With the top edge of the cape thusly secured, it lays closed pretty happily on its own, but I added one hook and eye to the bottom edge to secure it. All of this required massive amounts of cogitation and a lot of fiddling to make the angles meet up neatly.

My suspicion is that the Victorians simply managed to make the buttons functional.

Above, we have the body of the paletot in black, all assembled. And a bonus cat.

The next thing to tackle was the decoration. I hadn't attached the sleeves yet because I wanted to do the Greek key design from the image, and I knew that I would have to do that while the sleeves were still flat.

I had to redo this design several times. I painstakingly mitered the corners and pinned it all down, only to realize that my 1" velvet ribbon was too wide. Luckily, the ribbon was backed with something synthetic, so I trimmed it down to 3/4" and melted the edge, and it worked great. I also realized that the velvet ribbon was just too white compared to the fringe. It was glaringly WHITE. So I dyed it with tea (the plush part of the ribbon must be cotton, because it dyed quickly and easily). I pinned on the narrower, less-glaring ribbon only to realize that the ribbon wasn't totally opaque and the mitered corners showed different shades of white where the ribbon folded over itself. Like with the WHITE ribbon that was too white, this didn't look good. If I was going to all this trouble, mitering the trim and all, then I decided I ought to take the extra time to fix this problem. So I unpinned bits of it at a time and slipped some 1/2" white satin ribbon underneath. I started stitching it all down. Then I realized that that didn't totally solve the issue, either, because at the corners I'd folded over the satin ribbon instead of mitering it like the velvet ribbon overtop, and that was visible. So I undid it again and did it properly, mitering the satin ribbon as well as the velvet ribbon. This time, it turned out looking great. Finally.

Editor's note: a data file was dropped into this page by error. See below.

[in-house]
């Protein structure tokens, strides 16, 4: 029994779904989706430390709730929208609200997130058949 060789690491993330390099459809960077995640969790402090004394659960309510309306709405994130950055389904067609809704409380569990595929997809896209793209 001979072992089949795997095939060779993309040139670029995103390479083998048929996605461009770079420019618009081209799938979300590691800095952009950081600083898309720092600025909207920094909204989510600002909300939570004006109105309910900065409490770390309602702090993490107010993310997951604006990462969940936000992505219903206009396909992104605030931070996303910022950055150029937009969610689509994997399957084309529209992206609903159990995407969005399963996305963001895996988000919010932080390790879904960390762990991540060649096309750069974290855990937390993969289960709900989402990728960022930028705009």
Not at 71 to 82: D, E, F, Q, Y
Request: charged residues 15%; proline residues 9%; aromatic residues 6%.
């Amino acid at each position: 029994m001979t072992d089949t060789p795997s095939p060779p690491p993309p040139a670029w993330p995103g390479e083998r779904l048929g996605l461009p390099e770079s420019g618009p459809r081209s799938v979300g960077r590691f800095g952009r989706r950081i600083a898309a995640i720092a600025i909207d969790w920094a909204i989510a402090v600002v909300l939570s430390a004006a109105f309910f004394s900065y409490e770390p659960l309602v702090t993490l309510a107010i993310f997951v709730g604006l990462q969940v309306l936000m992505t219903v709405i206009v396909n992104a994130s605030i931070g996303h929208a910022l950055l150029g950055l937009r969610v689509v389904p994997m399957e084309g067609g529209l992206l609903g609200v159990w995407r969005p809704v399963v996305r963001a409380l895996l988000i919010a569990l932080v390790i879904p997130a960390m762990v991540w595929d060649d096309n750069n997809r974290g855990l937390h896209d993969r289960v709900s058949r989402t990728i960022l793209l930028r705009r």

The next step was to finalize my trim plan for the body. Above, I'm trying out some different configurations. I went with an edge of wider fringe around the bottom of the cape with a line of the velvet ribbon (dyed but not trimmed down) above it, a line of narrower fringe around the sleeves, a double line of the narrower fringe edging the skirts (to match the width of the trim around the cape), a line of velvet ribbon at the neckline (trimmed down to 1/2"), and some buttons. It was difficult to get the velvet ribbons to follow the curves of the cape and especially the curves of the neckline. I had to make little pleats in it to make it work, but it does work.

Work in progress:

And with that, we had a completed paletot:

I'm really pleased with the result. Unfortunately, I really didn't have anywhere to wear it, given the pandemic. But I finally got the courage to get dressed up a few weeks ago and go up to Gettysburg. In addition to the paletot, I wore tall socks, an extra petticoat against my legs, and gloves (which go with a Victorian outfit anyway). I did get a bit chilled walking around in the 40-degree weather, but honestly it wasn't too bad. I did discover a few things. I should add another hook-and-eye to the middle of the cape, because when moving, it sometimes gaps open. I also might add some kind of closure to the skirts, because they kept blowing open. It wouldn't be an issue if the lining were black, but the blue, while fun and colorful, is really evident when the thing blows open.

Overall, though, this is one of the projects I'm most satisfied with.